Dianne Cyr

E-loyalty across many cultures

June 28, 2007

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With more than one billion Internet users around the world, online shopping now represents a significant business market.       

That’s why SFU Business professor Dianne Cyr (above) focuses her research on website design across cultures. In past work she has determined how various website design characteristics, such as colors or images, differ by culture.

Now, in a new study titled Website Design Across Cultures: Relationships to Trust, Satisfaction and E-loyalty, she has turned her attention to how more specific design characteristics such as navigation, visual design or information can contribute to trust, satisfaction and ultimately, online shopping loyalty in different cultures. Research, she says, shows that if online businesses can retain five percent of their customers, profits will increase by 25 to 95 percent. It pays to design a website that will appeal to a broader cultural audience.

Cyr’s study involved 571 people from Canada, Germany and China. Her findings indicate that in China, visual design and navigation result in trust and e-loyalty, while design is not as important. Trust, she says, can be established by enhancing website security and ensuring that the site is sensitively adapted to the Chinese culture.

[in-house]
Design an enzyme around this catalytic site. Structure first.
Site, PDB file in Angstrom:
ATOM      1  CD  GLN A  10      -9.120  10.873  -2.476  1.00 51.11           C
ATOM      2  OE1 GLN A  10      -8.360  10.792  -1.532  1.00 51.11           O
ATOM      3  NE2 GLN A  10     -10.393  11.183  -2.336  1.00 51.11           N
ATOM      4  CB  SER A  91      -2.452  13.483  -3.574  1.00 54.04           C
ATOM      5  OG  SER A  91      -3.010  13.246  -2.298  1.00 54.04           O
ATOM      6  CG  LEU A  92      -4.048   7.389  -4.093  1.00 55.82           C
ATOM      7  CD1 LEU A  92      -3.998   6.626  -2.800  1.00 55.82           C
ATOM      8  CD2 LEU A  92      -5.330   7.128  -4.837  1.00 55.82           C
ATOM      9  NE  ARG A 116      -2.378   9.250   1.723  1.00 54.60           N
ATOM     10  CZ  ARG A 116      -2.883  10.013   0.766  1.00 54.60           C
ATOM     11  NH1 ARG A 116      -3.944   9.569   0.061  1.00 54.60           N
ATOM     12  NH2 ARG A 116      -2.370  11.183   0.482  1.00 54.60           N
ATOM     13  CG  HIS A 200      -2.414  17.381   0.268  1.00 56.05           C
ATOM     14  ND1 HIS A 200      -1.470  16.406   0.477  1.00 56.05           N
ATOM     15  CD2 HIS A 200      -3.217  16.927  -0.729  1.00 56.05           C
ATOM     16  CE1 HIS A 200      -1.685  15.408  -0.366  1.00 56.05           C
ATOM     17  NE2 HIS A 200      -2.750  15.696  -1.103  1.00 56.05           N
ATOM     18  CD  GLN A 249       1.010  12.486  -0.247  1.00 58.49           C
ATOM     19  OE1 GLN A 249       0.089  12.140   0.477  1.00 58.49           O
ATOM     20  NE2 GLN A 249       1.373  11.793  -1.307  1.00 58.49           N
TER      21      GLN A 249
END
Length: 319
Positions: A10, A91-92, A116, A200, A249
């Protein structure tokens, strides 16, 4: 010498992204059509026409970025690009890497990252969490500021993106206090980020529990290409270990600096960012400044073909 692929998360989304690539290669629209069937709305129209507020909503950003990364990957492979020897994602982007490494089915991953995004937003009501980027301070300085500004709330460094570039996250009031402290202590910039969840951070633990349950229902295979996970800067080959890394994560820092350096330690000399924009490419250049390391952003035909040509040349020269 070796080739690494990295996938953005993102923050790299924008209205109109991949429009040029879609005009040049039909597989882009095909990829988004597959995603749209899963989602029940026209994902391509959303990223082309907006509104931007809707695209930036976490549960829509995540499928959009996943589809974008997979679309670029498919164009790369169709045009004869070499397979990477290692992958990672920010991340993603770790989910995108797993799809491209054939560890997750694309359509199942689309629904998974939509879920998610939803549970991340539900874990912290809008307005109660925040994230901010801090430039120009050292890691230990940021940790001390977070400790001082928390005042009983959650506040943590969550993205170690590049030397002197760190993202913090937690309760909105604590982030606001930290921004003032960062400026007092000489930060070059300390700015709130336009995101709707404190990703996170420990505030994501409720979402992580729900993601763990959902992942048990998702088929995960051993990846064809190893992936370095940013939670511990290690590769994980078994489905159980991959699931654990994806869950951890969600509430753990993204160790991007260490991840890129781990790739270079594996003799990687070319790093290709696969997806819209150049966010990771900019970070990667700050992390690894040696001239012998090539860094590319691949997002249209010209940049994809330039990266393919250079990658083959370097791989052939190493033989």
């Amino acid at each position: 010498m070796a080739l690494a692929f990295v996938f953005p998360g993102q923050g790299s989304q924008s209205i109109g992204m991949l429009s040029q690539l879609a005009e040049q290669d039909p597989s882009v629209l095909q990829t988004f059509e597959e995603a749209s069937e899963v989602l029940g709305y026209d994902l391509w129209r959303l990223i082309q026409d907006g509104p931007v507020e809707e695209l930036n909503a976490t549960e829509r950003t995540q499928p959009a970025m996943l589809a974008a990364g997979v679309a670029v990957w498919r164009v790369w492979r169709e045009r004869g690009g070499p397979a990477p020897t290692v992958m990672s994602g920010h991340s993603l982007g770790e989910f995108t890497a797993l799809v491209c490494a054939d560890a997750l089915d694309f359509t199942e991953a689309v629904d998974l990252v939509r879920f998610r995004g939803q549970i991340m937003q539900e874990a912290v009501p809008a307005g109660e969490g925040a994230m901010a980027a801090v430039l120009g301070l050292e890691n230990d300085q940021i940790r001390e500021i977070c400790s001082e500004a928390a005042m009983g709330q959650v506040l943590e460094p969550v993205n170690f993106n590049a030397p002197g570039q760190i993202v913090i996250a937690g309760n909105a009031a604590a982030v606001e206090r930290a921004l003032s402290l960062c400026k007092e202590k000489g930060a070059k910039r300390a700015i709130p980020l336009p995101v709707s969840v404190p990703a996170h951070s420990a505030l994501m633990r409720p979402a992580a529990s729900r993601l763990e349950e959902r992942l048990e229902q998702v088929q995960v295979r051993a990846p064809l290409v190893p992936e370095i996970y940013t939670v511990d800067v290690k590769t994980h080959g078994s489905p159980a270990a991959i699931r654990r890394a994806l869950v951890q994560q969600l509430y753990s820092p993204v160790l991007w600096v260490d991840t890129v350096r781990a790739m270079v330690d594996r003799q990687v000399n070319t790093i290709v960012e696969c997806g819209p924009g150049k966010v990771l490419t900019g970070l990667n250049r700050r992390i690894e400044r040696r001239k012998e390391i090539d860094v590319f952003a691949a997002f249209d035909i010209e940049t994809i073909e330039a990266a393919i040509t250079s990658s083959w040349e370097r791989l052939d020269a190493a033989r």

In Canada, information design and navigation are more important for instilling user trust and confidence than the visual design, such as colours and images.

For Germans, who appear to be the most risk-averse, Cyr found that none of information design, visual design or navigation related positively to trust, although navigation was a strong predictor of how satisfied German users were even if they didn’t necessarily trust the website.

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